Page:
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Icahn and Deason trade blows with Xerox

February 21, 2018


The increasingly bitter battle has continued, with a new joint letter followed by a swift response from the OEM.

Xerox shareholders Carl Icahn and Darwin Deason have launched their latest attack on the OEM’s deal with Fujifilm. In a letter published yesterday, the pair further insisted that Xerox’s shareholders should reject the proposed partnership, and instead consider selling the company elsewhere. It follows many other letters of criticism from the two men over previous months, the most recent coming last week. That was followed by a lawsuit brought against the company by Deason, which Xerox flatly condemned.

The new broadside, published this week, loudly declares that “there are viable alternatives to the proposed Fuji scheme”, and that shareholders “will be exponentially better off if the Fuji scheme is not consummated.” It also sets out a series of assertions made by the couple, “that demonstrate unequivocally how poorly the Board has handled the current situation and how terrible this latest Fuji scheme is for shareholders.”

The facts include the claim that “Fuji needs Xerox more than Xerox needs Fuji,” and that the current joint venture agreements are “awful”, other it stipulates that many alternatives are still available to the Connecticut-based OEM. Other facts given state plainly that “the Board’s math is wrong”, something which the pair label “unforgivable”, and that “the Company uses ‘suspect math’” – an accusation previously levelled at Darwin and Icahn themselves, the letter alleges.

Looking ahead, the duo also claim that Fuji “will not bear the debt that will finance our dividend” and that should the deal overcome the final hurdle of receiving shareholder approval, “the Board’s ‘strong minority protections’ will not prevent Fuji from oppressing us.”

If the deal goes ahead, “the existing Xerox shareholders will never have an opportunity to receive a true control premium for our shares. The Board says our claim is ‘false’ but provides little reasoning as to why that’s the case,” the pair write. “The truth is that there are myriad ways Fuji could oppress us as minority shareholders.”

The missive also takes aim at Xerox’s latest letter to its shareholders, which Icahn and Deason describe as “rife with misleading obfuscations, basic mathematical errors and convenient omissions” – particularly the suggestion that both men were in a position to know the full terms of the joint venture, something which they have demanded to know on repeated occasions previously. The OEM contends that with Jonathan Christodoro, a representative of Icahn, serving on the Board for eighteen months, and with Deason obtaining access to all documents when selling ACS to Xerox in 2010, neither shareholder was being kept in the dark.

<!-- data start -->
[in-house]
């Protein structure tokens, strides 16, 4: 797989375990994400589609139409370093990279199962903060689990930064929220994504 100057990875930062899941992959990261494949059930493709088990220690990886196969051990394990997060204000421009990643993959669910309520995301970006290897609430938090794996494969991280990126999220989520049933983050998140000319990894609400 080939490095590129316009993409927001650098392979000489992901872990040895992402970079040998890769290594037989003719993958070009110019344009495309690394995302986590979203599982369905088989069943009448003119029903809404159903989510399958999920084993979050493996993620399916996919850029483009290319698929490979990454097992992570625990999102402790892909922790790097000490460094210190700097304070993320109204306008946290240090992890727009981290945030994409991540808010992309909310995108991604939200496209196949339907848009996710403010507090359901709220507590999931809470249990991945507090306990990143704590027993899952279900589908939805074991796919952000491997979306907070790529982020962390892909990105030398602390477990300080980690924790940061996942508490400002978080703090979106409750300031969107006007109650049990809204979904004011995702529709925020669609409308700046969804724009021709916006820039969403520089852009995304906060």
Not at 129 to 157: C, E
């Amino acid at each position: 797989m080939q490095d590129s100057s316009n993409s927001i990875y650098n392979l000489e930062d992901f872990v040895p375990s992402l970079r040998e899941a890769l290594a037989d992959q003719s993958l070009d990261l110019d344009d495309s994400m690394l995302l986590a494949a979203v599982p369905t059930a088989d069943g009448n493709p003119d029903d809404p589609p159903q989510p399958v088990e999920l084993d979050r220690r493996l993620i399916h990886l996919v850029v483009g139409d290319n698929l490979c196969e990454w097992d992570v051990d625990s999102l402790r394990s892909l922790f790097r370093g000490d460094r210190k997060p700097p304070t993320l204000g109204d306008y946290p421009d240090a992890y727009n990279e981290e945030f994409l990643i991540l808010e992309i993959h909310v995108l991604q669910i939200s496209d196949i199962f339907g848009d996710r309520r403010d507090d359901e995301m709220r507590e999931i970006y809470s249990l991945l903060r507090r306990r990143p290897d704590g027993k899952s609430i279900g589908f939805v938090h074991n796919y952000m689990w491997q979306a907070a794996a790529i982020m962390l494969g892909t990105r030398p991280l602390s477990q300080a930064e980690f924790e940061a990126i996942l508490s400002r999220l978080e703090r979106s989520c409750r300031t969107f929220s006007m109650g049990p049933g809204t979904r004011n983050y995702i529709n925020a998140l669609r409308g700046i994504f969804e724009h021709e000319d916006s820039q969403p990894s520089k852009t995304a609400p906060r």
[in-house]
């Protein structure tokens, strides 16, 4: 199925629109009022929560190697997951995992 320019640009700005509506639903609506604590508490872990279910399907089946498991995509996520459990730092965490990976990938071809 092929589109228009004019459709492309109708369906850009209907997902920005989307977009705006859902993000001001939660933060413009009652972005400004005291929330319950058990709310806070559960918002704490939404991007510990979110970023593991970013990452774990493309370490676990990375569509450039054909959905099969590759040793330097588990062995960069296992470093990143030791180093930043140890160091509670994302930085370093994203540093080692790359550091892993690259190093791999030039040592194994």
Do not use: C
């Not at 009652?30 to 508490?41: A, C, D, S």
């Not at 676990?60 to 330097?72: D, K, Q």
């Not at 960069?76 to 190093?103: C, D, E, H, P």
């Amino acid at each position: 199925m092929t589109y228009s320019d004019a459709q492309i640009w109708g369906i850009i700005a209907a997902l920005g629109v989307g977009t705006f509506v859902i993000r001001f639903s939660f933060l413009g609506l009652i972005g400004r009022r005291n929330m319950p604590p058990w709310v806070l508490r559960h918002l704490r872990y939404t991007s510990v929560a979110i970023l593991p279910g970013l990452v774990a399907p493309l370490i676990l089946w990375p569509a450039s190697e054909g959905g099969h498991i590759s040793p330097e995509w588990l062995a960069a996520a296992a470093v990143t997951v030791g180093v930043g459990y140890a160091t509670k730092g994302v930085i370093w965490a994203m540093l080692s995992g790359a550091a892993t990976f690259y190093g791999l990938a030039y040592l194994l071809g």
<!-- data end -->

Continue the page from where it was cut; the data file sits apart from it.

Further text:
The co-signed letter finishes by suggesting: “Xerox could combine with a competitor that’s actually willing to pay a significant premium, or Fuji themselves would step up and offer a full buy-out on fair terms. But even if neither of those things happen, just diversifying away from Fuji over time, thereby gaining unfettered access to Asia, and bringing in new management with vision and operational expertise would be infinitely better than the awful deal that’s being proposed today.”

Xerox, however, were quick to respond to the latest diatribe, with a company statement calling the letter “consistent with their misguided campaign to undermine Xerox’s combination with Fuji Xerox.”

It goes on to reaffirm that the joint venture with Fuji Xerox “will create a global industry leader” that “maximises the new company’s ability to innovate and compete in today’s market.” It further describes the deal as both “the superior path forward for Xerox” and a “significant opportunity for shareholders.”

The statement concludes: “The Xerox Board and management team remain focused on delivering value for shareholders through this transaction and the ongoing improvement of our business. We will continue to engage directly with our shareholders on the merits of the transaction.”

It appears that despite the OEM’s speedy rebuttal of Icahn and Deason’s latest epistle, the war of words between the Xerox and two of its largest shareholders is not over yet.

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